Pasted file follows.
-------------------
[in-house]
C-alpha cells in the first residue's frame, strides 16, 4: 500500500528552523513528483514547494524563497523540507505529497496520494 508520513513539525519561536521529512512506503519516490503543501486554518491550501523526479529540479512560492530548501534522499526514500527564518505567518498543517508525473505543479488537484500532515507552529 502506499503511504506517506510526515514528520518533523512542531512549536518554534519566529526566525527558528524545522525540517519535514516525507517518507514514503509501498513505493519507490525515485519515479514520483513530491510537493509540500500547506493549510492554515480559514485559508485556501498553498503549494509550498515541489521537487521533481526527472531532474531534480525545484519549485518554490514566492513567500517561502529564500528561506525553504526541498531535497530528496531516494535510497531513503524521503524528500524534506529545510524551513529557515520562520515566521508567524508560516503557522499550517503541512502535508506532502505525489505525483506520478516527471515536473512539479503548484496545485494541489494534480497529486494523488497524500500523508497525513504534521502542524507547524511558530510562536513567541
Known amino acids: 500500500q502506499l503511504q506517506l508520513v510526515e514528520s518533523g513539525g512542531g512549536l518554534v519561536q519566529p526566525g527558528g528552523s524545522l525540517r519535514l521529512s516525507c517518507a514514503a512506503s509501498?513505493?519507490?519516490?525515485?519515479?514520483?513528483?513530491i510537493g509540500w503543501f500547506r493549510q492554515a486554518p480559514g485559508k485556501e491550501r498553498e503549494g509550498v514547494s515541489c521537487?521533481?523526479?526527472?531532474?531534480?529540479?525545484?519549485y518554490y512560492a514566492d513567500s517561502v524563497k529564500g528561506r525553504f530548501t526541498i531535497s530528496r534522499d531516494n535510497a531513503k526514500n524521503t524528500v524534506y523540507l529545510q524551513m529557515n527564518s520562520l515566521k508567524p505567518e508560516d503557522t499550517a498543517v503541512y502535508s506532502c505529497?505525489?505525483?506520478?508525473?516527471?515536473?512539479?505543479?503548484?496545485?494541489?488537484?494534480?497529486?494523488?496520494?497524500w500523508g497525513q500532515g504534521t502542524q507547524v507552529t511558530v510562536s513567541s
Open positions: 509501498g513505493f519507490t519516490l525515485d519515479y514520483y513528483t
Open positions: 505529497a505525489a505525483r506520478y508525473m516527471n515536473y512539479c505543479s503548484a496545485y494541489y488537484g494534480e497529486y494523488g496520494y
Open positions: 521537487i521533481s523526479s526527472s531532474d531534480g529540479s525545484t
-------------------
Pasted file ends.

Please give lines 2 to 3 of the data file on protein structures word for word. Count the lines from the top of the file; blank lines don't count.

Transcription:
C-alpha cells in the first residue's frame, strides 16, 4: 500500500528552523513528483514547494524563497523540507505529497496520494 508520513513539525519561536521529512512506503519516490503543501486554518491550501523526479529540479512560492530548501534522499526514500527564518505567518498543517508525473505543479488537484500532515507552529 502506499503511504506517506510526515514528520518533523512542531512549536518554534519566529526566525527558528524545522525540517519535514516525507517518507514514503509501498513505493519507490525515485519515479514520483513530491510537493509540500500547506493549510492554515480559514485559508485556501498553498503549494509550498515541489521537487521533481526527472531532474531534480525545484519549485518554490514566492513567500517561502529564500528561506525553504526541498531535497530528496531516494535510497531513503524521503524528500524534506529545510524551513529557515520562520515566521508567524508560516503557522499550517503541512502535508506532502505525489505525483506520478516527471515536473512539479503548484496545485494541489494534480497529486494523488497524500500523508497525513504534521502542524507547524511558530510562536513567541
Known amino acids: 500500500q502506499l503511504q506517506l508520513v510526515e514528520s518533523g513539525g512542531g512549536l518554534v519561536q519566529p526566525g527558528g528552523s524545522l525540517r519535514l521529512s516525507c517518507a514514503a512506503s509501498?513505493?519507490?519516490?525515485?519515479?514520483?513528483?513530491i510537493g509540500w503543501f500547506r493549510q492554515a486554518p480559514g485559508k485556501e491550501r498553498e503549494g509550498v514547494s515541489c521537487?521533481?523526479?526527472?531532474?531534480?529540479?525545484?519549485y518554490y512560492a514566492d513567500s517561502v524563497k529564500g528561506r525553504f530548501t526541498i531535497s530528496r534522499d531516494n535510497a531513503k526514500n524521503t524528500v524534506y523540507l529545510q524551513m529557515n527564518s520562520l515566521k508567524p505567518e508560516d503557522t499550517a498543517v503541512y502535508s506532502c505529497?505525489?505525483?506520478?508525473?516527471?515536473?512539479?505543479?503548484?496545485?494541489?488537484?494534480?497529486?494523488?496520494?497524500w500523508g497525513q500532515g504534521t502542524q507547524v507552529t511558530v510562536s513567541s